Assuredly, fans of Family Guy will find enjoyment in Ted, as it is co-written and directed by Seth McFarlane. I, myself, am about, oh, a 75 % fan of Family Guy. It’s generally funny, but sometimes I feel like the jokes are just for Seth, and no one else. That being said, Ted is still as broad in it’s comedy and often low brow, but perhaps there are less jokes that require you to be in Seth’s head.
Great film! Fun for the whole family! If your family is made up entirely of women or gay men. Not since all the Sexes in the Cities have women overdressed and flocked to the theaters with all their horndog girlfriends. If one of the rules of entertainment is ‘know your audience,’ then Magic Mike is dead-on. It’s quite possibly the greatest movie that’s ever been made, if you like movies about stripping. Turns out, I do. It’s fun and infectious (stripper pun?). You know how, at the end of Rocky, you want to run around punching things, or even just the air? At the end of Magic Mike, you’ll want to grind and hump things. And, to borrow from Martha Stewart, it’s a good thing.
When is a science fiction movie not a science fiction movie? When is a romantic comedy not a romantic comedy? When it’s Safety Not Guaranteed. But I’ll tell you what this movie definitely is: a real joy to watch.
What a wacky notion, right? Abraham Lincoln was secretly a vampire killer? Seems kind of preposterous. And yet, when you think about it, maybe it’s kinda cool. I mean, someone thought to write a novel first, so clearly certain people thought it was worth the time. And as it turns out, the author, Seth Graham-Smith, first wrote the best-selling novel “Pride and Prejudice and Zombies”.
My expectations were pretty high for Brave. They were made higher by the fact that Cars 2 was so awful. But the problem with high expectations, is that they are easy to fall short of.
A movie, based on a musical, based on a bunch of rock songs from the 80’s. Add Tom Cruise as a creepy, messed-up rock diety and an opening scene of a bus-load of people singing “Sister Christian”, and you’ve got a reason to get drunk for two hours so you can get throught it.
Dead Man’s Burden is a fine western full of mood with emotionally complex story and I’d be game for more new film makers to take a stab at the genre.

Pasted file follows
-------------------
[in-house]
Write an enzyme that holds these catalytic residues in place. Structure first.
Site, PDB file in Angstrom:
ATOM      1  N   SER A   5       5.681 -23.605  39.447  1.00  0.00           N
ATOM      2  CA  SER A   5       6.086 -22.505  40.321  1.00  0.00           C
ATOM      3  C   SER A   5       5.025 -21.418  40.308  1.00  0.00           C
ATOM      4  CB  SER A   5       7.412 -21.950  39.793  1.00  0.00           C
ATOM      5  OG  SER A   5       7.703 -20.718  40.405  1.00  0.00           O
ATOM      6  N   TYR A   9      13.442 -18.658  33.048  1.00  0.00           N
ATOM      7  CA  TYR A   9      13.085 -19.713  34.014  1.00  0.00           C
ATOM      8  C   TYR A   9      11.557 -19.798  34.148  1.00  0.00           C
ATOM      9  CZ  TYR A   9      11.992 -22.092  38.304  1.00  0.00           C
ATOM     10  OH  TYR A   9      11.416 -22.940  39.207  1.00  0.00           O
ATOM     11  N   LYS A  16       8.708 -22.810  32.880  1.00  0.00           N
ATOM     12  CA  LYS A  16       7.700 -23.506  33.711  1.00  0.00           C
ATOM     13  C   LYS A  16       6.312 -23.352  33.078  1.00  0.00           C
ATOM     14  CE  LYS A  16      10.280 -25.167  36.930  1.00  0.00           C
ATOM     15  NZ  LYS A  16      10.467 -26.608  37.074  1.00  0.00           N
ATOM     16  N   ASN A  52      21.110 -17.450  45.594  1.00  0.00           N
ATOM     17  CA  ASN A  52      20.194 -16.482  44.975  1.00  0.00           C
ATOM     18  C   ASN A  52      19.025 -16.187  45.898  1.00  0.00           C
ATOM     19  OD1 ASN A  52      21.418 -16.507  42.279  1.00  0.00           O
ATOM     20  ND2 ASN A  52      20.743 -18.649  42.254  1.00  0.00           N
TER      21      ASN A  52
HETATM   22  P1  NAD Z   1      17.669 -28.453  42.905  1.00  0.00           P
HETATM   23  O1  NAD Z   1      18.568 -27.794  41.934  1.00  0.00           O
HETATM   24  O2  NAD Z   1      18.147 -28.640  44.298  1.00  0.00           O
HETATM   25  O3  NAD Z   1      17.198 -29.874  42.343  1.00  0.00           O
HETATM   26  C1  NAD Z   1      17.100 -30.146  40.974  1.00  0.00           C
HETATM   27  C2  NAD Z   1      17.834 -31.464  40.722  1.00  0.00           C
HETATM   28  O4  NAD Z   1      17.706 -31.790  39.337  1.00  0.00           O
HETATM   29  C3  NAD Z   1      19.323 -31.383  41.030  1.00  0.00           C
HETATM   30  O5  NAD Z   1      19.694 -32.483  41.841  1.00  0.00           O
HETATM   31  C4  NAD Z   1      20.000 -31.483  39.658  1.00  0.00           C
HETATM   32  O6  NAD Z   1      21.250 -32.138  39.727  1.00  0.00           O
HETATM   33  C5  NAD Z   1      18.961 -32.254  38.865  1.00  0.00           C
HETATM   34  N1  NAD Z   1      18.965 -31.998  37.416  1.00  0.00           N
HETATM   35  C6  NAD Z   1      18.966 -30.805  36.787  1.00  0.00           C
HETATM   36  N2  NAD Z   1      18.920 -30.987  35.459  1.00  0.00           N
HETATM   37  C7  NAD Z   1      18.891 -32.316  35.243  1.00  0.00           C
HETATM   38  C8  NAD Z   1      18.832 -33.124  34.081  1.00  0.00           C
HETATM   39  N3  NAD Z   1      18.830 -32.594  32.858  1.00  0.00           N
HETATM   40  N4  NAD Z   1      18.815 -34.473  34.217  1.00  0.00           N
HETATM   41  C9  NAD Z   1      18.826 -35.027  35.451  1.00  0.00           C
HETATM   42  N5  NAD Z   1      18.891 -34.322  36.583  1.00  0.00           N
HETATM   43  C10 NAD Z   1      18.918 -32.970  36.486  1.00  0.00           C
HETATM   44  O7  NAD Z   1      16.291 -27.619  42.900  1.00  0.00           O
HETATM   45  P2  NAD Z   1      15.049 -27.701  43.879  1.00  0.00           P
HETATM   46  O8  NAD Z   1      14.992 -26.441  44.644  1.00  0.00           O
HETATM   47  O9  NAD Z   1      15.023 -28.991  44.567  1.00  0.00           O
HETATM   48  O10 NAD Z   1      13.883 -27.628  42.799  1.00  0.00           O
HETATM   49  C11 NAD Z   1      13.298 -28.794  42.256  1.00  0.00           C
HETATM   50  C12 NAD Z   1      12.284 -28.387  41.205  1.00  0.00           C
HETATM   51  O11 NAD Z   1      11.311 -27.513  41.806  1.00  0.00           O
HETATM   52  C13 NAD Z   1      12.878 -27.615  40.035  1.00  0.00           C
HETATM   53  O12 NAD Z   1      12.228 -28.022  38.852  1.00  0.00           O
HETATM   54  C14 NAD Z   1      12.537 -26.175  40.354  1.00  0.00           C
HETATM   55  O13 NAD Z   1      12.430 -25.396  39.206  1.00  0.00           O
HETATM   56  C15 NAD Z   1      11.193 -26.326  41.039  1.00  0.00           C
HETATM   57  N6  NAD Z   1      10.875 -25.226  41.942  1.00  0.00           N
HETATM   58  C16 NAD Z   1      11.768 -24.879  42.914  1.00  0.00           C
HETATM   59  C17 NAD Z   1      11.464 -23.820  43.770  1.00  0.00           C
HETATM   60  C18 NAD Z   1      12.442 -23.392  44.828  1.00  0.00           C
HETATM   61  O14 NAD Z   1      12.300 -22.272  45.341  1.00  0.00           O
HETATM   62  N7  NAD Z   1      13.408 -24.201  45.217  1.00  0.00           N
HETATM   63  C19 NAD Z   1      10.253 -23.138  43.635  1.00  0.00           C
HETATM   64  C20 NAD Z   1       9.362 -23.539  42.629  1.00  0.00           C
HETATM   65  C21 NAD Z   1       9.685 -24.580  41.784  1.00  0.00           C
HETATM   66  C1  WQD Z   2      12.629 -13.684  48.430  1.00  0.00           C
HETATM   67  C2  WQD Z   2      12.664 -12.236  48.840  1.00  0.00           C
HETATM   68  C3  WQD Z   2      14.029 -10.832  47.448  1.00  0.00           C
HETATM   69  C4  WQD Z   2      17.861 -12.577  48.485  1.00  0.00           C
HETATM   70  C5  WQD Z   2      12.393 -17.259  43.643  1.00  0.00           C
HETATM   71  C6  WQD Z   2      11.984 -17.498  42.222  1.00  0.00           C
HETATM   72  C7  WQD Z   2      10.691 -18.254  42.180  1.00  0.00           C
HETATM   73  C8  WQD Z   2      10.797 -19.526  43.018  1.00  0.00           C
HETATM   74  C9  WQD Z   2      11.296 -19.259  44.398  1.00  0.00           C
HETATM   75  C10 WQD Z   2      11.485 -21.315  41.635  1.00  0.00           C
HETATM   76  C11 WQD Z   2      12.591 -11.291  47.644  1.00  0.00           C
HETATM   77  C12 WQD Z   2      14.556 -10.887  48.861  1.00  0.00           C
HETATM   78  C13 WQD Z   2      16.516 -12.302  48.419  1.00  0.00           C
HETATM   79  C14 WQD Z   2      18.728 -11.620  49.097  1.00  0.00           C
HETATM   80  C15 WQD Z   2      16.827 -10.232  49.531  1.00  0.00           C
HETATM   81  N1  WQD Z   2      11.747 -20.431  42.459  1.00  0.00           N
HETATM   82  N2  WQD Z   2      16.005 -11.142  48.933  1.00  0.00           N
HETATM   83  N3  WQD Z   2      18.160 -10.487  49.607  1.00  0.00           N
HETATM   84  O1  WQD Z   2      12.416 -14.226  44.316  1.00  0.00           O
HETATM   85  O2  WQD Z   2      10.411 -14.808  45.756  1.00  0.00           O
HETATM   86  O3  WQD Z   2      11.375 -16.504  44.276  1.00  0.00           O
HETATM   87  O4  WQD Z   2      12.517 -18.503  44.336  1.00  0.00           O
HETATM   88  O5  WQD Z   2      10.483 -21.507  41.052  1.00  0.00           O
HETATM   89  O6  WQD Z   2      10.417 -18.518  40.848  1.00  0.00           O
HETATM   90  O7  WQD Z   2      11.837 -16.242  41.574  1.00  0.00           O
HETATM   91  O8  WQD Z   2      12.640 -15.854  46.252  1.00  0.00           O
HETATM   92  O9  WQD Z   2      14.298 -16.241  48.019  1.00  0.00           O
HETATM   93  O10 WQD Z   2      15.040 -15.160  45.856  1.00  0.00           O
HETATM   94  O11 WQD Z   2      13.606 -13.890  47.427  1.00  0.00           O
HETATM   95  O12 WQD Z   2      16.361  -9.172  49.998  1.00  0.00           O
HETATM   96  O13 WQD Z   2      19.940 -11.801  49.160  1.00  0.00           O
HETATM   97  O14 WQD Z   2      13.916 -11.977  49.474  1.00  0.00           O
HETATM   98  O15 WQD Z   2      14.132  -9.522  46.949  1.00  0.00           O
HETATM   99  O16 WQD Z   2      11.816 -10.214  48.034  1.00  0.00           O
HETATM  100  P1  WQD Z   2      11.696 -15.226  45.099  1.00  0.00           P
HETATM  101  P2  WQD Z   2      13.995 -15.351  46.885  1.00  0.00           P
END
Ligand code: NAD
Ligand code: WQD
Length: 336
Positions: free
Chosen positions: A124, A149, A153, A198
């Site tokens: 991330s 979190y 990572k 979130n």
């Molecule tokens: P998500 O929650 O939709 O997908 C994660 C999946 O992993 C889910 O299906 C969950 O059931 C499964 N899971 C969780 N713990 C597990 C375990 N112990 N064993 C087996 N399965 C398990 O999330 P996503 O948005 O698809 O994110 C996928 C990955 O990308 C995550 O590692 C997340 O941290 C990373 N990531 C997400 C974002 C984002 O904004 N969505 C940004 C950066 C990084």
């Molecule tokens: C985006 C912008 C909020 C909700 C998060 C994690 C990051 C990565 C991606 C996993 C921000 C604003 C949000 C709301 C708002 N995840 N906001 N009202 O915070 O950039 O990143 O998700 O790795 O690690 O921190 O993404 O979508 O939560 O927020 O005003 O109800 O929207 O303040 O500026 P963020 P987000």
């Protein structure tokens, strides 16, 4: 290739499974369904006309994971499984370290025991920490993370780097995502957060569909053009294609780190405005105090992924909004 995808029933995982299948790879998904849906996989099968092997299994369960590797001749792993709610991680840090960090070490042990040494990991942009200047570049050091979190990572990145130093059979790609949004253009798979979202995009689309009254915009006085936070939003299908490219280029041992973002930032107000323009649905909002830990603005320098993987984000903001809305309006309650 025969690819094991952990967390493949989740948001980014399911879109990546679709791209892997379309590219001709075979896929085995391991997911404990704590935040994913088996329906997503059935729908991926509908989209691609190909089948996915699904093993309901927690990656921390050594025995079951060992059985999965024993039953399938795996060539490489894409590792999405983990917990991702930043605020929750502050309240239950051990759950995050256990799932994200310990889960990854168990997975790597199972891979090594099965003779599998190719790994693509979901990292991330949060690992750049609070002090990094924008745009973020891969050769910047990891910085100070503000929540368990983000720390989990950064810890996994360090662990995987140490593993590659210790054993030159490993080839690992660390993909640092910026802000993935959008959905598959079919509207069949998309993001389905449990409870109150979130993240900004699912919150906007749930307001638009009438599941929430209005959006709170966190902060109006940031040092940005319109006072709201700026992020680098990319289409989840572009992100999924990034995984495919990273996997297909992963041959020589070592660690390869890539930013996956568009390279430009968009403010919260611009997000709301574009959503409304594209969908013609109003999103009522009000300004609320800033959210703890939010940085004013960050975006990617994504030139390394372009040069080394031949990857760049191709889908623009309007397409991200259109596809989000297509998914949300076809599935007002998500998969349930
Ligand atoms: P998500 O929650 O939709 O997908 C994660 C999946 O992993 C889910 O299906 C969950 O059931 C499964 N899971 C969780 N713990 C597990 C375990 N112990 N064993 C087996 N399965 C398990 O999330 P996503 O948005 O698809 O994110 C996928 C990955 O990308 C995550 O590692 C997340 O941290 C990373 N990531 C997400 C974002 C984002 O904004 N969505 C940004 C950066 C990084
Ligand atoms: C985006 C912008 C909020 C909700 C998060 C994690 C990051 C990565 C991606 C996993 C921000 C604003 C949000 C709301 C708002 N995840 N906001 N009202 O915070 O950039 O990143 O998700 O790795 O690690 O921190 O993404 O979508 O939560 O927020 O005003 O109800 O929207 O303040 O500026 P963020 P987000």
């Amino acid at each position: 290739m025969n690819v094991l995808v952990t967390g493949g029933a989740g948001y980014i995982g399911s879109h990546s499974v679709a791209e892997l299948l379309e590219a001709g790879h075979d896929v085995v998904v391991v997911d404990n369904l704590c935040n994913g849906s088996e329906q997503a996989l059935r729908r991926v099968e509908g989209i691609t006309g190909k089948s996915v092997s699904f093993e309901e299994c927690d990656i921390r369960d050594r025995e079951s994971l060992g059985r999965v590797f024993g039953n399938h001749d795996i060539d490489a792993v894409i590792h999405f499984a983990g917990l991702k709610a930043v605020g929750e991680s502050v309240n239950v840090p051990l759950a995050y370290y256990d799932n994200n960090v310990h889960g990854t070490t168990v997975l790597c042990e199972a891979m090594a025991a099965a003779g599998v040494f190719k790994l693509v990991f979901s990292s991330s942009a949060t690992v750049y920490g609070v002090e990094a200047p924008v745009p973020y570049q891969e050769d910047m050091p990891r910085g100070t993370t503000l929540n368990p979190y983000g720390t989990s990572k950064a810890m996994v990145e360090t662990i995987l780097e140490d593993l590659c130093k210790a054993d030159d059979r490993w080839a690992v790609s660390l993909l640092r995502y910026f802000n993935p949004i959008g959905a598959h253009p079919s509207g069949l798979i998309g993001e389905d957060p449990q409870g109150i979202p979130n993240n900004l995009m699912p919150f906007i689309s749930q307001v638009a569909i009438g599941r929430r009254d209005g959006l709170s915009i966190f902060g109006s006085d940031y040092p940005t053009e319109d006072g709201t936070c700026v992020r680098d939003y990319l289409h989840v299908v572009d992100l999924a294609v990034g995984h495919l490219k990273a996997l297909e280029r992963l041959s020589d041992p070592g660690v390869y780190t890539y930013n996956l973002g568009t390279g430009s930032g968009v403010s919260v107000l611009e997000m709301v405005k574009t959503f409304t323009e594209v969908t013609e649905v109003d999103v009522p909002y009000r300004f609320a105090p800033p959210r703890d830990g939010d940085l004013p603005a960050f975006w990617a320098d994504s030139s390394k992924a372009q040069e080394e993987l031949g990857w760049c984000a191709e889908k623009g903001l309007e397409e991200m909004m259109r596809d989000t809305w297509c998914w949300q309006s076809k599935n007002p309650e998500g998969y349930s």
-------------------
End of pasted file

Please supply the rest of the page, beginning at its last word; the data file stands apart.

My family is a big fan of this franchise. We fell in love with the characters in the first Madagascar. My 4-year-old loves Marty the Zebra, “Because he’s black and white.” My 7-year-old loves Alex the Lion “Because he’s funny and because I know four Alexes in my class.” My 42-year-old husband will laugh out loud at anything uttered by big-eyed, King Julien sidekick, Mort. And me? Melman the Giraffe’s neurosis makes me giggle but I LOVE me some Motto Motto the Hippo. In fact, his song “I like ‘em big, I like ‘em chunky…” sung in Madagascar 2 is my ringtone when my husband calls me. (Eh-hem.) But I digress…
Expectations. Sometimes expectations has much to do with how we feel about a film. And Prometheus, oh, how we have been given expectations about you. But if that were all that troubled us, one could perhaps wrestle our way past it. But to be given such a visually beautiful film, one that asks grand questions, one with all the elements needed for brilliance, and still come out with that empty feeling? Well, there’s more going on here than mere expectation.
Any sane person would probably ask me why on Earth I would subject myself to What to Expect When You’re Expecting on a beautiful Saturday morning.
Well, there are two reasons.
Firstly, before noon all movies at the local AMC are half-price. Secondly, ever since Reno 911!, I’ve had this theory about Thomas Lennon. That theory is simply that I would watch Thomas Lennon do just about anything, and he would make it at least 56% better just for being involved. So, it was a personal challenge of sorts for me. A testing of my faith, if you will. Could even Thomas Lennon, my personal comedy hero, save this movie?